The Golden Gate

The other day we went for a short cruise up into the Marin Headlands.  The idea was to give the bus a road-test with some more aggressive climbing and twisting descents.  Little did we know that the real eye-opener would be crossing the bridge in some nasty weather with heavy winds.

The bus is a sail.  Bridle the thing properly and you could fly it like a kite.  Complicating things even more was having a major amount of slop in the steering box.  This one moved up to the top of the list and was easy enough to fix.  Grab a 19mm socket and flat headed screwdriver, crawl under the front wheel, adjust the set screw on the box – done.  Now when i turn the steering wheel something happens!  DSC_2823DSC_2851

We pulled over in front of the Golden Gate to take some beauty shots (in typical S.F. summer weather) and that’s when I noticed the drips coming from one of the valve covers. Oops. I just adjusted those suckers the previous night and didn’t quite get the gasket lined up right.  Another easy one to fix.  It also gave us a reason to coast down the hill to Sausalito to fill up and grab some oil.  Us and a thousand freezing tourists walking around in shorts and recently-acquired “S.F.” sweatshirts  – shivering.  If you’re visiting from Nebraska (and please do), bring a jacket… even in the summer.

Anyway, the only major issue still on the list after this drive is the frequent stalling whenever we come to a stop or when i put it in neutral.  It doesn’t always happen, but when it does its a real pain.  The front disc brakes have a booster that is tied into the engine vacuum line.   When the engine cuts out, quite a bit of braking power disappears.  It can be a good work-out for the right leg.  Not exactly a barrel of monkeys descending some of the steeps around here.

In addition to bus projects, we’re already getting behind on the blog posts.  Who knew this was so much work?  Now i know why people Tweet.  Anyway, we’ll get caught up soon…

8 thoughts on “The Golden Gate

  • August 20, 2009 at 11:11 AM

    Hi guys,

    I admire this journey you’re on! Cam told me about your adventure after I mentioned my wife and I’s desire to travel in a VW. Enjoy your travels, the ups and downs!


  • August 20, 2009 at 11:14 AM

    In re: Red Beard acting like a sail.
    You should outfit him with light truck tires that have a D load rating. It might be tough to find these on the road, but you have a lot of stuff in there (including a kid!). It’ll handle better and be safer to boot.

  • August 20, 2009 at 12:00 PM

    As a fellow Alamedan & generational contemporary, I find your story very inspirational. You’re to be commended for your determination, conviction and courage, engaging your ‘mid-life crisis’ (my father calls it a ‘2nd childhood’ but I frequently correct this misnomer since we men never grow up, we just get bigger and better toys!) in such adventurous fashion. I myself long to hop on an old BMW R75 and set off into the sunrise (would need an amphibious motorcycle to head into the sunset), so I know where the yearning to traverse the continent(s) comes from.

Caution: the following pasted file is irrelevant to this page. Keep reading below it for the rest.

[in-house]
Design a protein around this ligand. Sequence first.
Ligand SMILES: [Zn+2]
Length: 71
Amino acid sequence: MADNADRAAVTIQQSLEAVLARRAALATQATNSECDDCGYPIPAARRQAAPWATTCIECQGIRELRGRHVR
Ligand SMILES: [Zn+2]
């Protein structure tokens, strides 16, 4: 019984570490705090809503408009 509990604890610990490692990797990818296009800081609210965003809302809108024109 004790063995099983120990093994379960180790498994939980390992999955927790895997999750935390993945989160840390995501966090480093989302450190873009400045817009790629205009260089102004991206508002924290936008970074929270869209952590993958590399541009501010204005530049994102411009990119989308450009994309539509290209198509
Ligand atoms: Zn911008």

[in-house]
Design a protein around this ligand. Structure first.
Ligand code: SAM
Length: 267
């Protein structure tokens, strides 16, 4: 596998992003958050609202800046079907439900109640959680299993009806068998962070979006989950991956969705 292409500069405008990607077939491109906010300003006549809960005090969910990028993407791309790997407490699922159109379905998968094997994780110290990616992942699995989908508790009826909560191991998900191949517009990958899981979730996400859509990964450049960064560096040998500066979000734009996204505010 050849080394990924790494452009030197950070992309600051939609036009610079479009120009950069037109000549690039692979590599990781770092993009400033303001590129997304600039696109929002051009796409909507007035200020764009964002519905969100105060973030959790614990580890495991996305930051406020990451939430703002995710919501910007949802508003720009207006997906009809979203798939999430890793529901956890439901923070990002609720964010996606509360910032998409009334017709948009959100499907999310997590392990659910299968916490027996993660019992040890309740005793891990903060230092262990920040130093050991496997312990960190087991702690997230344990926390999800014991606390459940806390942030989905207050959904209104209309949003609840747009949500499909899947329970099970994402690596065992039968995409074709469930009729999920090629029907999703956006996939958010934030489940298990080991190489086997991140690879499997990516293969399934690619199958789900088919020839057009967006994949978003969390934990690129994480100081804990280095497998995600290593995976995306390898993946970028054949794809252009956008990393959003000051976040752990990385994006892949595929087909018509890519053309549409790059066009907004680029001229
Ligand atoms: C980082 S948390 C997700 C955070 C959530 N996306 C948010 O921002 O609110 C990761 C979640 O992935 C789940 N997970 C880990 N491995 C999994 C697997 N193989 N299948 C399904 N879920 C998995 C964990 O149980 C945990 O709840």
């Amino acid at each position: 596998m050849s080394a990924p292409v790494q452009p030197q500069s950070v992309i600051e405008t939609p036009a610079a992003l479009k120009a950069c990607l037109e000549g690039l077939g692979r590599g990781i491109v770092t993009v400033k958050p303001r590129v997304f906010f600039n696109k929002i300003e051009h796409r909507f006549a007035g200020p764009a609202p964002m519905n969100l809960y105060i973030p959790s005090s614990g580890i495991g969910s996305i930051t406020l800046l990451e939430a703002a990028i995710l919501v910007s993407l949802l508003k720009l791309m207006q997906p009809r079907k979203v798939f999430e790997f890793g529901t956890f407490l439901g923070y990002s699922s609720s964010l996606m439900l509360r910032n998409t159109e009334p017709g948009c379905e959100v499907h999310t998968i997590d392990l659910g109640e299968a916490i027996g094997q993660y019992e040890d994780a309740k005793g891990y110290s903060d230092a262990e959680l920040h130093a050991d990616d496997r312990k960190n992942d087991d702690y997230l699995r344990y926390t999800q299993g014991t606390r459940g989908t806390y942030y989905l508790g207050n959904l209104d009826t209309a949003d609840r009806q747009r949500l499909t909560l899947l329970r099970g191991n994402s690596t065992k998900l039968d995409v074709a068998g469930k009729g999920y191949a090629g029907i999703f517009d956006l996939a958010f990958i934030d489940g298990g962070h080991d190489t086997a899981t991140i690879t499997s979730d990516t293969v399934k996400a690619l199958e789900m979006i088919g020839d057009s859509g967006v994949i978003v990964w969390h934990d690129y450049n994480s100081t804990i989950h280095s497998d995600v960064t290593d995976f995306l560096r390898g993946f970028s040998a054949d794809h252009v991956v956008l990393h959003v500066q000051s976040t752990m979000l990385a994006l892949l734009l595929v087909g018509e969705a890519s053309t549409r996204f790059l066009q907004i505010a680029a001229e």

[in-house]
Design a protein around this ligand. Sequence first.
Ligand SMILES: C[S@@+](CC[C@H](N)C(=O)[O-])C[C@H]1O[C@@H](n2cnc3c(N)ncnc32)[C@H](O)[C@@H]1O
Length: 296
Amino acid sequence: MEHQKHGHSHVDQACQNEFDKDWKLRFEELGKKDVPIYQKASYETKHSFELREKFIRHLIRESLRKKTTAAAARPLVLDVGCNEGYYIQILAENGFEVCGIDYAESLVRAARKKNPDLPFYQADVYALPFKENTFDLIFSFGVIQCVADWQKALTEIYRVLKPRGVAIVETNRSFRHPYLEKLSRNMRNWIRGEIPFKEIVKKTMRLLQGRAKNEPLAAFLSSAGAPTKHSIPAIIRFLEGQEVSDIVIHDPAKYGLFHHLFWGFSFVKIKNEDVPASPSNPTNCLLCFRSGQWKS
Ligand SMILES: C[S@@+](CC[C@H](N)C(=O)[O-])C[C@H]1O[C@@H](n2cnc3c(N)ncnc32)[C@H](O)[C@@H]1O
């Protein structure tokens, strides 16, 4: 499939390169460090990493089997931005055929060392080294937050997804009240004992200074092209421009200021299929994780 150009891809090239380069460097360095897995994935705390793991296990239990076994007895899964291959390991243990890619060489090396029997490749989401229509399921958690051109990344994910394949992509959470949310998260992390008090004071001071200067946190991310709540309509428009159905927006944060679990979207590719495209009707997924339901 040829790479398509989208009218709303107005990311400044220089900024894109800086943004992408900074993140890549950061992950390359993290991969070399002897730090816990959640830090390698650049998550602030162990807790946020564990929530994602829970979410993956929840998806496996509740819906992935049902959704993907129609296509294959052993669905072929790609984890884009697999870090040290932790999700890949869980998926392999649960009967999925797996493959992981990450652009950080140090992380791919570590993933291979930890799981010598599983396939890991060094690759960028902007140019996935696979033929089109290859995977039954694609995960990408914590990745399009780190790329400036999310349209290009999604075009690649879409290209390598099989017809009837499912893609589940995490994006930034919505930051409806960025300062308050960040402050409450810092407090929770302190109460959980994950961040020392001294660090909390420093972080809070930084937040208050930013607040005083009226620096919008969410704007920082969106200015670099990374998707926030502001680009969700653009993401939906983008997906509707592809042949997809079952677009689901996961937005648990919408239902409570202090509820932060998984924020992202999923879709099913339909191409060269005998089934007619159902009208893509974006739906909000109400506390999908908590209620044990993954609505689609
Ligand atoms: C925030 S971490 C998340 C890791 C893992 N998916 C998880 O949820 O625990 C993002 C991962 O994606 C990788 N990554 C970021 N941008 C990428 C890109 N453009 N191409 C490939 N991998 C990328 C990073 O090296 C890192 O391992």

Enjoy witnessing and experiencing the world on a scale few of us ever will, especially through the eyes of a child. I look forward to reading about your adventures to come – mechanical or otherwise.


    Jeff Kennedy

  • August 20, 2009 at 4:25 PM

    Well, the good news is that when you get past the Big Horns, there should be a nice Western wind to push you guys our direction nice and fast. You might not even need to run the engine while traversing S. Dakota. Safe travels and hope to see you guys sometime this fall…. Eric in Vermillion

  • August 20, 2009 at 6:05 PM

    That’s all I know…I thought Jason (super fixer/maker/inventor) would have had Red Beard in better-than-new condition before she ever rolled down the street on The Great Journey. This is like “learn while you earn”. I had an Opel with 200k+ miles and I had to take the valve cover off every 50 miles or so and put a slipped-ff rocker arm back on for another ? miles, so my empathy is right with you. The same car had the driver’s door rusted shut and a cracked windshield. I knew a mechanic; that’s was the only way it ever passed NY “inspection”.

    What an adventure-you guys are really interesting writers, too.


  • August 20, 2009 at 8:23 PM

    Jason if you should by chance get to he Lodi area before Red Beard desides to really let you know who is boss Call my dear friend Gary at G and S Service Center here in Lodi. Their phone number is 209 334 5300. He is by far the BEST VW Tech in the Western Hemosphire. Daisy belonged to Gary and she still gets excited when we go visit him. When this man works on your vehicle it as if it was his vehicle which is something you do not find anymore. I trust my Life in something he has restored or worked on. Thirty Six years of doing what Gary Loves to Do!

  • August 21, 2009 at 4:55 PM

    We’ve got brand new Yokahama 356’s. Proper load and side-wall rating and everything. So far so good.

  • August 22, 2009 at 2:28 PM

    slop in the steering box? and i thought you were just happy to see me.

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